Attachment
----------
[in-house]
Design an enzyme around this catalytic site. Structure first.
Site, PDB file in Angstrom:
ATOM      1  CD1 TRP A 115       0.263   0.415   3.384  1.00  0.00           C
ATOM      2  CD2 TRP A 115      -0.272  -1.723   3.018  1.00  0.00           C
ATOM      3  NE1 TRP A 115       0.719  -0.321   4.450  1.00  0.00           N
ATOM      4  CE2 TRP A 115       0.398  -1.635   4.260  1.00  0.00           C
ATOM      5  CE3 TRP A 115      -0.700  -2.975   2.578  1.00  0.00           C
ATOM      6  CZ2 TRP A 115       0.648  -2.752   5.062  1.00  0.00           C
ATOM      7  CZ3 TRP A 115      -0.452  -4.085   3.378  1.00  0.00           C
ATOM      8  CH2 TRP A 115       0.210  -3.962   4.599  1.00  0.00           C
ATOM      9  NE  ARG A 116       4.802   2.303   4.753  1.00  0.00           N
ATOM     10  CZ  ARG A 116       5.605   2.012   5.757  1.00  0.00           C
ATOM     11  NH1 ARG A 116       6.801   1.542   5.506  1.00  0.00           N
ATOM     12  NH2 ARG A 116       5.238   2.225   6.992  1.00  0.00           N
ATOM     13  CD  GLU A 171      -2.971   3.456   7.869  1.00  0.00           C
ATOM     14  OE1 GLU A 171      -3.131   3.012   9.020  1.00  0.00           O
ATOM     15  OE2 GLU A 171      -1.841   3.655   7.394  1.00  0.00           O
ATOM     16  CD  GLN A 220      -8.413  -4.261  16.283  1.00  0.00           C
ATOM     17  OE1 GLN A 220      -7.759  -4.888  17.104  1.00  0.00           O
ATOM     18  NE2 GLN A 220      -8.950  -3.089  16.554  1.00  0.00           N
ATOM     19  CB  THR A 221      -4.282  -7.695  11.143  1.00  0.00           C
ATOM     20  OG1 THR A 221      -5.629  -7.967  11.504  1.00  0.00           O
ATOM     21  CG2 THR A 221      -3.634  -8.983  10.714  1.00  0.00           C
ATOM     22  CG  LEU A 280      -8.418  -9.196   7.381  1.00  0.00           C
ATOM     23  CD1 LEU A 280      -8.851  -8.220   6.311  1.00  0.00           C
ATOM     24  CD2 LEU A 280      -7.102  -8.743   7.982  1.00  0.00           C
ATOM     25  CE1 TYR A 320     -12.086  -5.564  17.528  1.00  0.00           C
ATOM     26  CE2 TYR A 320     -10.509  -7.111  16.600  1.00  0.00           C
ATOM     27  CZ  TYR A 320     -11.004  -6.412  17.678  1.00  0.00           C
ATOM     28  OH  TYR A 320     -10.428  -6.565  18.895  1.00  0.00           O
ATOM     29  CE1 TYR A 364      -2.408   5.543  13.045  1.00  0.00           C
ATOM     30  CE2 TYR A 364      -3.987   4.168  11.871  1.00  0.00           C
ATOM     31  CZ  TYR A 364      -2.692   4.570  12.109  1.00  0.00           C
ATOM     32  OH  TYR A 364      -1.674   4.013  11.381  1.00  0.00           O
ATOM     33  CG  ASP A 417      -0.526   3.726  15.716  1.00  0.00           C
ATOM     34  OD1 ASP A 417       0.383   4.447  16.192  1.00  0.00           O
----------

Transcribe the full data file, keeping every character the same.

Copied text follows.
[in-house]
Design an enzyme around this catalytic site. Structure first.
Site, PDB file in Angstrom:
ATOM      1  CD1 TRP A 115       0.263   0.415   3.384  1.00  0.00           C
ATOM      2  CD2 TRP A 115      -0.272  -1.723   3.018  1.00  0.00           C
ATOM      3  NE1 TRP A 115       0.719  -0.321   4.450  1.00  0.00           N
ATOM      4  CE2 TRP A 115       0.398  -1.635   4.260  1.00  0.00           C
ATOM      5  CE3 TRP A 115      -0.700  -2.975   2.578  1.00  0.00           C
ATOM      6  CZ2 TRP A 115       0.648  -2.752   5.062  1.00  0.00           C
ATOM      7  CZ3 TRP A 115      -0.452  -4.085   3.378  1.00  0.00           C
ATOM      8  CH2 TRP A 115       0.210  -3.962   4.599  1.00  0.00           C
ATOM      9  NE  ARG A 116       4.802   2.303   4.753  1.00  0.00           N
ATOM     10  CZ  ARG A 116       5.605   2.012   5.757  1.00  0.00           C
ATOM     11  NH1 ARG A 116       6.801   1.542   5.506  1.00  0.00           N
ATOM     12  NH2 ARG A 116       5.238   2.225   6.992  1.00  0.00           N
ATOM     13  CD  GLU A 171      -2.971   3.456   7.869  1.00  0.00           C
ATOM     14  OE1 GLU A 171      -3.131   3.012   9.020  1.00  0.00           O
ATOM     15  OE2 GLU A 171      -1.841   3.655   7.394  1.00  0.00           O
ATOM     16  CD  GLN A 220      -8.413  -4.261  16.283  1.00  0.00           C
ATOM     17  OE1 GLN A 220      -7.759  -4.888  17.104  1.00  0.00           O
ATOM     18  NE2 GLN A 220      -8.950  -3.089  16.554  1.00  0.00           N
ATOM     19  CB  THR A 221      -4.282  -7.695  11.143  1.00  0.00           C
ATOM     20  OG1 THR A 221      -5.629  -7.967  11.504  1.00  0.00           O
ATOM     21  CG2 THR A 221      -3.634  -8.983  10.714  1.00  0.00           C
ATOM     22  CG  LEU A 280      -8.418  -9.196   7.381  1.00  0.00           C
ATOM     23  CD1 LEU A 280      -8.851  -8.220   6.311  1.00  0.00           C
ATOM     24  CD2 LEU A 280      -7.102  -8.743   7.982  1.00  0.00           C
ATOM     25  CE1 TYR A 320     -12.086  -5.564  17.528  1.00  0.00           C
ATOM     26  CE2 TYR A 320     -10.509  -7.111  16.600  1.00  0.00           C
ATOM     27  CZ  TYR A 320     -11.004  -6.412  17.678  1.00  0.00           C
ATOM     28  OH  TYR A 320     -10.428  -6.565  18.895  1.00  0.00           O
ATOM     29  CE1 TYR A 364      -2.408   5.543  13.045  1.00  0.00           C
ATOM     30  CE2 TYR A 364      -3.987   4.168  11.871  1.00  0.00           C
ATOM     31  CZ  TYR A 364      -2.692   4.570  12.109  1.00  0.00           C
ATOM     32  OH  TYR A 364      -1.674   4.013  11.381  1.00  0.00           O
ATOM     33  CG  ASP A 417      -0.526   3.726  15.716  1.00  0.00           C
ATOM     34  OD1 ASP A 417       0.383   4.447  16.192  1.00  0.00           O